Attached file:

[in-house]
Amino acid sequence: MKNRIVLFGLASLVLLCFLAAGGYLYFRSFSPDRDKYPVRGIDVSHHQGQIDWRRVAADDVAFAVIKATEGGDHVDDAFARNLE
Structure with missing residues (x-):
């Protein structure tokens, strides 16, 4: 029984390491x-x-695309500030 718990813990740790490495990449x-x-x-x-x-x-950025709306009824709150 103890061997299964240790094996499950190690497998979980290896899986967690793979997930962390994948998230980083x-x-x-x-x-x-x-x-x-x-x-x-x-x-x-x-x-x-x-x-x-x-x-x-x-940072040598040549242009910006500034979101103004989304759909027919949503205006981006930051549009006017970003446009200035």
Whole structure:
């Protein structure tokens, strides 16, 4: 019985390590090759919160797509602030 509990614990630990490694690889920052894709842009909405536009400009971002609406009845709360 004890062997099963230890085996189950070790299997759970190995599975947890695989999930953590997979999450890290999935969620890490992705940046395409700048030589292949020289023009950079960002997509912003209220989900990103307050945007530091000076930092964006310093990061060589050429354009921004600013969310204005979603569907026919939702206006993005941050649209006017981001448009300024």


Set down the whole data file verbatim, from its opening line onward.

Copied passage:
[in-house]
Amino acid sequence: MKNRIVLFGLASLVLLCFLAAGGYLYFRSFSPDRDKYPVRGIDVSHHQGQIDWRRVAADDVAFAVIKATEGGDHVDDAFARNLE
Structure with missing residues (x-):
């Protein structure tokens, strides 16, 4: 029984390491x-x-695309500030 718990813990740790490495990449x-x-x-x-x-x-950025709306009824709150 103890061997299964240790094996499950190690497998979980290896899986967690793979997930962390994948998230980083x-x-x-x-x-x-x-x-x-x-x-x-x-x-x-x-x-x-x-x-x-x-x-x-x-940072040598040549242009910006500034979101103004989304759909027919949503205006981006930051549009006017970003446009200035």
Whole structure:
């Protein structure tokens, strides 16, 4: 019985390590090759919160797509602030 509990614990630990490694690889920052894709842009909405536009400009971002609406009845709360 004890062997099963230890085996189950070790299997759970190995599975947890695989999930953590997979999450890290999935969620890490992705940046395409700048030589292949020289023009950079960002997509912003209220989900990103307050945007530091000076930092964006310093990061060589050429354009921004600013969310204005979603569907026919939702206006993005941050649209006017981001448009300024």